Late Friday night I was engaged in a furious round of channel-surfing when something caught my eye. . . which I’m a bit embarrassed to admit I stopped on. It was a Royal Wedding discussion led by Joy Behar. Included at the table were Joan Collins and two other people who I’m somewhat proud to say I didn’t know. I’m proud to say it because. . . well. . . I just admitted that I know who Joy Behar and Joan Collins are. . . and I stopped to watch and listen. Maybe not knowing one pair cancels out knowing the other pair. However, nothing cancels out the fact that I decided to watch.
The discussion had a bit of roast-like flavor to it, as Behar took snarky shots at the customs of British royalty whenever she could. At one point, Behar asked an interested question about whether or not this marriage would last, especially with the royal family’s track-record of infidelity and divorce. Someone mentioned that Will and Kate have been together for a long time already, and that they had spent time living together. Again, this was all news to me, as I’m not a follower of Britain’s famous soap opera. In an effort to find out more, I decided to do what all good researchers do. . . and I Googled it. Yep, they lived together. . . which might explain the smirks on their faces as they stood at the front of the church with the also-smirking Harry. Maybe it’s just me, but it was almost like they were putting up with going through the motions because they had to.
My Googling episode quickly took me to an article in The Telegraph: “Royal Wedding: Archbishop backs William and Kate’s decision to live together before marriage.” Statistically, that decision puts William and Kate in the majority. Last Wednesday’s USA Today ran a front-page story on couples who live together and then break up. Not surprisingly, the article reports that the break-ups are like a divorce. The article also reports that more than 60% of married couples live together before walking down the aisle. Truly, a sign of the times. . . and a reality that requires the attention and response of the church.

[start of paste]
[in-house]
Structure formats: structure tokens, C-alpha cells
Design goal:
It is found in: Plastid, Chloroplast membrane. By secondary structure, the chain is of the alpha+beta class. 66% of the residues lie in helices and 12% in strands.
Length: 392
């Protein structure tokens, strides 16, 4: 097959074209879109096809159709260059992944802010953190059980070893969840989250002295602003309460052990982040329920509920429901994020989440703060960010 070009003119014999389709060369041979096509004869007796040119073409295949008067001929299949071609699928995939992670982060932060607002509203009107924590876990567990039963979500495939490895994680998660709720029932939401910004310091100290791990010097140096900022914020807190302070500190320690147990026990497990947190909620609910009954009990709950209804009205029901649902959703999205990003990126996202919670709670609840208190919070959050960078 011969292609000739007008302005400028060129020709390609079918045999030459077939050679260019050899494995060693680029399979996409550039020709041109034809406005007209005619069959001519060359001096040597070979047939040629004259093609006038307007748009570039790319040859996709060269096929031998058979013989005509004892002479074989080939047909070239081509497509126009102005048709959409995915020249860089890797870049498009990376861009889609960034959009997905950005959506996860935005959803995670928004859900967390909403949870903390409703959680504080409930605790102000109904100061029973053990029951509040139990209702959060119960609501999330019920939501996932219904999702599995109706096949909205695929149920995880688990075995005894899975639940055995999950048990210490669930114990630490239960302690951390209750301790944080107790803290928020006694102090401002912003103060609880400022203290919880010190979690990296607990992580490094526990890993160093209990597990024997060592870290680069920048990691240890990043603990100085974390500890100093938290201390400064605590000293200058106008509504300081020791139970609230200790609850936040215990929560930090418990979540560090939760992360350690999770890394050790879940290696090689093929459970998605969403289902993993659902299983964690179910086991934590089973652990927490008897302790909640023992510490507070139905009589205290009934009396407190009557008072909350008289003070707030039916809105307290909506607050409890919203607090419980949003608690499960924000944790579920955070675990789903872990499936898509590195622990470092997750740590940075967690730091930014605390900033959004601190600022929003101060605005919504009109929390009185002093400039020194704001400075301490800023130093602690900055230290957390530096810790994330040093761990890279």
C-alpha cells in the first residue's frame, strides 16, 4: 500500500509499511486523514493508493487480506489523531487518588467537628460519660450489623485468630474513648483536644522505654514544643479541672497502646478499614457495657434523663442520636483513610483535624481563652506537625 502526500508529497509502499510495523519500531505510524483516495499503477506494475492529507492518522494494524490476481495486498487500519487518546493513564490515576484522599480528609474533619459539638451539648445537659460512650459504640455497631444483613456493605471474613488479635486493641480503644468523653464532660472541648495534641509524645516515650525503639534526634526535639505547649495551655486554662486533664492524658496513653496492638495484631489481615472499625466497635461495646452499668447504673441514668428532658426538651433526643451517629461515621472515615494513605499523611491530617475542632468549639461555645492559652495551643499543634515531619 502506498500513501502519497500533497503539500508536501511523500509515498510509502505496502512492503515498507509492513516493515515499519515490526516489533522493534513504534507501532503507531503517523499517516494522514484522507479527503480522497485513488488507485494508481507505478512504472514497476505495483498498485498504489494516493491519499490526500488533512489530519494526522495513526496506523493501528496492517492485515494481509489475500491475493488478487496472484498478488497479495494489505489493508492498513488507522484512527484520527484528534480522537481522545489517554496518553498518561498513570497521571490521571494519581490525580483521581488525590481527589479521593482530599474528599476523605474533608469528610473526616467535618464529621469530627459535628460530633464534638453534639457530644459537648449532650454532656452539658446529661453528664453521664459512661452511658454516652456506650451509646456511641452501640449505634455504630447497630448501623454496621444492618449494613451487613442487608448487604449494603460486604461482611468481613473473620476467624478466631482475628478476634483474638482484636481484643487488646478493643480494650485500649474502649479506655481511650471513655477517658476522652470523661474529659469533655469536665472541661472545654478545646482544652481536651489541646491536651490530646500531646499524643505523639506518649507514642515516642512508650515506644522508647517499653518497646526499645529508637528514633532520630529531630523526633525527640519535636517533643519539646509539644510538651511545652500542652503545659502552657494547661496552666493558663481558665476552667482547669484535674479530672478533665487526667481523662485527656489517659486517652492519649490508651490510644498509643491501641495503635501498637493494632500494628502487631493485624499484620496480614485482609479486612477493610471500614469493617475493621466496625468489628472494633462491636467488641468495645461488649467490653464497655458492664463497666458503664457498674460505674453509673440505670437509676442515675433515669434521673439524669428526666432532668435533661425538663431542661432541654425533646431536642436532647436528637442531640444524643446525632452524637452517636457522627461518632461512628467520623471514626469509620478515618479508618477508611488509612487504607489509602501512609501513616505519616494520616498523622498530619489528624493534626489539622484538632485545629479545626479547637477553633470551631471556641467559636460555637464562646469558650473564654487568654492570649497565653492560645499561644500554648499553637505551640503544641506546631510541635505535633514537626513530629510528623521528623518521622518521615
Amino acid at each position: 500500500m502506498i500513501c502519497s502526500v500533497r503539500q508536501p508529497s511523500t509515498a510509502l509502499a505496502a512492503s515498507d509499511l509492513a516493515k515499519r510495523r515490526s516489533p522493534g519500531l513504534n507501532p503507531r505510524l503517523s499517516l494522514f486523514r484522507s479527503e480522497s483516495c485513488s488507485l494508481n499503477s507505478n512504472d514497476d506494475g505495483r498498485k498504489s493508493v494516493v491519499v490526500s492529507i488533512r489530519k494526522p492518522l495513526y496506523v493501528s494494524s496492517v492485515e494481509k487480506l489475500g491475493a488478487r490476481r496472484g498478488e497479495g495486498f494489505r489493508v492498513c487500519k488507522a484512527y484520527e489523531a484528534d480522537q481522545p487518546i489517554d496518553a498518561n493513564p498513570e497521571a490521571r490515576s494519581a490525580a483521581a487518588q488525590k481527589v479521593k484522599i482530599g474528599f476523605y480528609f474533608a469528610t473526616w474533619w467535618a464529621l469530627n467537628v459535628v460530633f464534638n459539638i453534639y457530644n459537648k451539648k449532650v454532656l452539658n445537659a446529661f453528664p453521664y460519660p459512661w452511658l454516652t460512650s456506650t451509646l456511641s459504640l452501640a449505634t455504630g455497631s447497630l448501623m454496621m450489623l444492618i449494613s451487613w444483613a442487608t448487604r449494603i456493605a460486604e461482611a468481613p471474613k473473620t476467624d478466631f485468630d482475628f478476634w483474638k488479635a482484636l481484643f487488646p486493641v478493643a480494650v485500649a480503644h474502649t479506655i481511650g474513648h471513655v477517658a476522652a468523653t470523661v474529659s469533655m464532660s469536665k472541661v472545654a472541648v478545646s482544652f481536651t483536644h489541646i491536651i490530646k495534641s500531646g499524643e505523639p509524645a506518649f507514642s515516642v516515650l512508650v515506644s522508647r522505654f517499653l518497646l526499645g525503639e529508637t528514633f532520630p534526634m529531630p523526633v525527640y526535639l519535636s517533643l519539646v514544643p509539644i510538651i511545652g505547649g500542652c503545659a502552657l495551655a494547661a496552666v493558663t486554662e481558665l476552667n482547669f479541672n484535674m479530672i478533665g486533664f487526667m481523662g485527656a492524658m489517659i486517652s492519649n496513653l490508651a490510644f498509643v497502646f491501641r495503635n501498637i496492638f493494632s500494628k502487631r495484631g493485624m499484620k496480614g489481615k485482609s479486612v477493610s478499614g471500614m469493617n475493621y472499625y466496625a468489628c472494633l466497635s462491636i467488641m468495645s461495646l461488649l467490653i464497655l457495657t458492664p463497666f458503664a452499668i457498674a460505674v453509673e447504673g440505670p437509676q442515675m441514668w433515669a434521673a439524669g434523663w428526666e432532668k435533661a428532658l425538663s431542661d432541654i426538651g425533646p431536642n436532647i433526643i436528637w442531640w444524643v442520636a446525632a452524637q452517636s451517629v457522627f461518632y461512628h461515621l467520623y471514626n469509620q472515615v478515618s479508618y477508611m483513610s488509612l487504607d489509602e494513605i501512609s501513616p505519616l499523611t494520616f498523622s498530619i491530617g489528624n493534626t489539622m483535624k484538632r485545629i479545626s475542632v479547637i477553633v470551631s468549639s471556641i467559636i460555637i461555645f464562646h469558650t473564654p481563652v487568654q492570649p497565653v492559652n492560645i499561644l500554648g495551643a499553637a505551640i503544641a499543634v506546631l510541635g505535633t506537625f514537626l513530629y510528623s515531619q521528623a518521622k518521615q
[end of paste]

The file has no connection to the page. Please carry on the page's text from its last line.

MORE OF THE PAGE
In William and Kate’s case, it seems the church has responded. And the response of the church to William and Kate is also a sign of the times. The article in The Telegraph includes some quotes from Dr. John Sentamu, the Archbishop of York. It seems that Sentamu justifies the couple’s living arrangements because like other modern couples, they want to “test the milk before they buy the cow.” That’s from a leader in the church who was talking about the Prince who will someday become King. . . and when he does, also become the head of the Church of England.
In a way, William and Kate are only being faithful to the worldview they’ve been swimming in since the days they were born. Maybe the bigger problem is one with us – the church – as we fail to exercise a prophetic presence in a world where things are not the way they’re supposed to be. Could it be that we’re living in a day and age where people truly don’t know any better for the simple reason that nobody’s ever told them about something better?